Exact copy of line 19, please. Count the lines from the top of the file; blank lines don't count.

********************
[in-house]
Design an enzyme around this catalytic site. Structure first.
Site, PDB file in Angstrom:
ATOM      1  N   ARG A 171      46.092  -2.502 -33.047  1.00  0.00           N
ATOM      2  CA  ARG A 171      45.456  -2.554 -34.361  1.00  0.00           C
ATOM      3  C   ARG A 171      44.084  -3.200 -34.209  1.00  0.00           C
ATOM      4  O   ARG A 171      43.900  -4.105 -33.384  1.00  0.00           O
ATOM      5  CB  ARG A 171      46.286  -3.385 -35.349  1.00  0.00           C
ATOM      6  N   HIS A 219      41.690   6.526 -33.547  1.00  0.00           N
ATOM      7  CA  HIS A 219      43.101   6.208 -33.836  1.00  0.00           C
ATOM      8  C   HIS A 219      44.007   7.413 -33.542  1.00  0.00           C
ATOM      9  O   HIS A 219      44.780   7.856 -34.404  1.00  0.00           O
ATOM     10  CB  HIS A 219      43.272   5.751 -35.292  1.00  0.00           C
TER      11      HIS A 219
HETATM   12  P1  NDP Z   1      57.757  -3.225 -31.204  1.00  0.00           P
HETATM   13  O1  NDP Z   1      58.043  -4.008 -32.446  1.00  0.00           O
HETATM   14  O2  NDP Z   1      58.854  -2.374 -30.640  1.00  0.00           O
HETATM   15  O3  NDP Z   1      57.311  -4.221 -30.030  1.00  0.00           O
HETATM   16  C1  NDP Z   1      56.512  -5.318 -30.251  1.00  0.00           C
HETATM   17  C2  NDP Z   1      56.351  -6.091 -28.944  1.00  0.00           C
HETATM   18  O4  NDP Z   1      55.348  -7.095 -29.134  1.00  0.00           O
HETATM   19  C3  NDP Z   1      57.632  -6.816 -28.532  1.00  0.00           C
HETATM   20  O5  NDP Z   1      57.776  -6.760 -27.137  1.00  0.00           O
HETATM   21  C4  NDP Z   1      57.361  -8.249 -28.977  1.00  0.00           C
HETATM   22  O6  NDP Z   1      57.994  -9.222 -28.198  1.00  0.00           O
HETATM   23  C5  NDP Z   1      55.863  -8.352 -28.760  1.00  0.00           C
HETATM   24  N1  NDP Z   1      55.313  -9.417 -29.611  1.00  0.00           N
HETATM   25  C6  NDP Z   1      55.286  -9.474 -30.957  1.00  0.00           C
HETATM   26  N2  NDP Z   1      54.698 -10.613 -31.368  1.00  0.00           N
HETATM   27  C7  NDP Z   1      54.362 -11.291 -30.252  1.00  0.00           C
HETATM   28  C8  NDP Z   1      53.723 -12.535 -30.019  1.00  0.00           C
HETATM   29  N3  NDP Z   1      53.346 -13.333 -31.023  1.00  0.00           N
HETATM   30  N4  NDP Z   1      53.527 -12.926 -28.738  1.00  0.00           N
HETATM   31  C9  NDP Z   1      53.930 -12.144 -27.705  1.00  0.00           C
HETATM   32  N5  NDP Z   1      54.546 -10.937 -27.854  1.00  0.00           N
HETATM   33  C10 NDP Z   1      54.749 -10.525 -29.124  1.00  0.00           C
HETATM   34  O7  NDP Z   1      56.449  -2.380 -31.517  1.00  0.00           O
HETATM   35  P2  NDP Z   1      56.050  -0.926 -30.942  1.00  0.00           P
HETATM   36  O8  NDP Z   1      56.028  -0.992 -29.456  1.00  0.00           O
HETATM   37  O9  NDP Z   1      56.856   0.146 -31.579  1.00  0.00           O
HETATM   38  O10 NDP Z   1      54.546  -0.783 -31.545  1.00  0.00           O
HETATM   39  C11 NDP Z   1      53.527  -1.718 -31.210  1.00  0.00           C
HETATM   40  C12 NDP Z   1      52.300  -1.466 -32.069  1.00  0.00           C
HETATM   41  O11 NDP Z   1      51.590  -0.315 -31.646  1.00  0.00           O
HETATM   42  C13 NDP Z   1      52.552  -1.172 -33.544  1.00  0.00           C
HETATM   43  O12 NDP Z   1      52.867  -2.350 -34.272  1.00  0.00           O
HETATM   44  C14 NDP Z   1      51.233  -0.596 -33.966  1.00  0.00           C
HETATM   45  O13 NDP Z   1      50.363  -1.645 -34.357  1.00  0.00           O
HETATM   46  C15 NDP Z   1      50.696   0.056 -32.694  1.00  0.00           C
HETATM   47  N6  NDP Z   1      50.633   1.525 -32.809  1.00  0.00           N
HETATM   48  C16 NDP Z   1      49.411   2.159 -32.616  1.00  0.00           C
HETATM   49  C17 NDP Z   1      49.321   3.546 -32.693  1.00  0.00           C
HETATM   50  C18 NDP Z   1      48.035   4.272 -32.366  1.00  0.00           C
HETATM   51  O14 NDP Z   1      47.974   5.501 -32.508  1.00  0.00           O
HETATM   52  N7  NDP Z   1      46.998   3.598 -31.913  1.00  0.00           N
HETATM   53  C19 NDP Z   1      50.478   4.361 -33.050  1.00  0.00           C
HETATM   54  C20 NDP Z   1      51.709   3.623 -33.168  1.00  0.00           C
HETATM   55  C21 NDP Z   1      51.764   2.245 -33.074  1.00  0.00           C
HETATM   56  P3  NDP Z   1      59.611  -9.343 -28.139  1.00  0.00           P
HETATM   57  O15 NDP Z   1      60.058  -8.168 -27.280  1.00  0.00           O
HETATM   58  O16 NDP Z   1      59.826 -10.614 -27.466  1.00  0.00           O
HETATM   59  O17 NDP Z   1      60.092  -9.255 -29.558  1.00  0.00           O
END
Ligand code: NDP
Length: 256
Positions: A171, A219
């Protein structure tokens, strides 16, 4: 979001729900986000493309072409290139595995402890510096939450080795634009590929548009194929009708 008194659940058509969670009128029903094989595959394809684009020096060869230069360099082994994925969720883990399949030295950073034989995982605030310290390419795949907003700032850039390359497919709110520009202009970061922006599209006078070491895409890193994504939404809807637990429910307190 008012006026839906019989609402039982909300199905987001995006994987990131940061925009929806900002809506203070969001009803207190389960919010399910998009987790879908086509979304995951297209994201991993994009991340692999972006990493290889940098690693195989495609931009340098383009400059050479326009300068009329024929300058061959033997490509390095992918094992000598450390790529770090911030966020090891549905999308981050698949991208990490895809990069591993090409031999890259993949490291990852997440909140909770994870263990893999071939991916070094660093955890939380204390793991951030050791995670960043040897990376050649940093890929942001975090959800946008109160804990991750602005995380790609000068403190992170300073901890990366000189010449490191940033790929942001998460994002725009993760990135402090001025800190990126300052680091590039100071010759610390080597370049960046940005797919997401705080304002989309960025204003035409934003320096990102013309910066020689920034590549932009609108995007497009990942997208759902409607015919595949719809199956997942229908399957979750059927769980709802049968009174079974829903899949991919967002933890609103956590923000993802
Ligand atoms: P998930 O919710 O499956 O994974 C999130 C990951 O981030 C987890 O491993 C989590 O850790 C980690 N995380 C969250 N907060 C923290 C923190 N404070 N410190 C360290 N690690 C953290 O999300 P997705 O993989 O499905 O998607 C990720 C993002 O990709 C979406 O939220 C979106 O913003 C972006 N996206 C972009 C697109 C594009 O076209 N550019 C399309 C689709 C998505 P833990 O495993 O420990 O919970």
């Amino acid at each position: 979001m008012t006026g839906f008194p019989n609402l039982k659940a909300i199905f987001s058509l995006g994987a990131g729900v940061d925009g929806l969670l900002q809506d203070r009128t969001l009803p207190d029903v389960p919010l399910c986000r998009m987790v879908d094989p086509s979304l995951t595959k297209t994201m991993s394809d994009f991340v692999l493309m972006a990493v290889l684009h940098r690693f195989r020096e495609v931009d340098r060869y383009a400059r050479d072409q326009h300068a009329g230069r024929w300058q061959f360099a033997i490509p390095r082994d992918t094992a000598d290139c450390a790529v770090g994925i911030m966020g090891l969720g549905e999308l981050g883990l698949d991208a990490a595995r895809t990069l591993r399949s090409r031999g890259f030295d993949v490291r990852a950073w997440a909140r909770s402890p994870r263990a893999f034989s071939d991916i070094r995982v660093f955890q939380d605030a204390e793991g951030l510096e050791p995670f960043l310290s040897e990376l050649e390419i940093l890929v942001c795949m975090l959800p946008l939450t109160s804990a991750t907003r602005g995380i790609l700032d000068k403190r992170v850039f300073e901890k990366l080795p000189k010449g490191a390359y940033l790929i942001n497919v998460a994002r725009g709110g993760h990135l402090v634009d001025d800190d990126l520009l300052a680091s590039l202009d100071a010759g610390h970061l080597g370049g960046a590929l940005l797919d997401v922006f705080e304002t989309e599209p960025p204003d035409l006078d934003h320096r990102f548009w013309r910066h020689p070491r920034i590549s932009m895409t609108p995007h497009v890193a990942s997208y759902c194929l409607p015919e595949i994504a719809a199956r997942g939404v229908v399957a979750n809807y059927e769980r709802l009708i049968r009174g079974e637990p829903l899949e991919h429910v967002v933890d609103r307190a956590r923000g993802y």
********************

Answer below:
HETATM   16  C1  NDP Z   1      56.512  -5.318 -30.251  1.00  0.00           C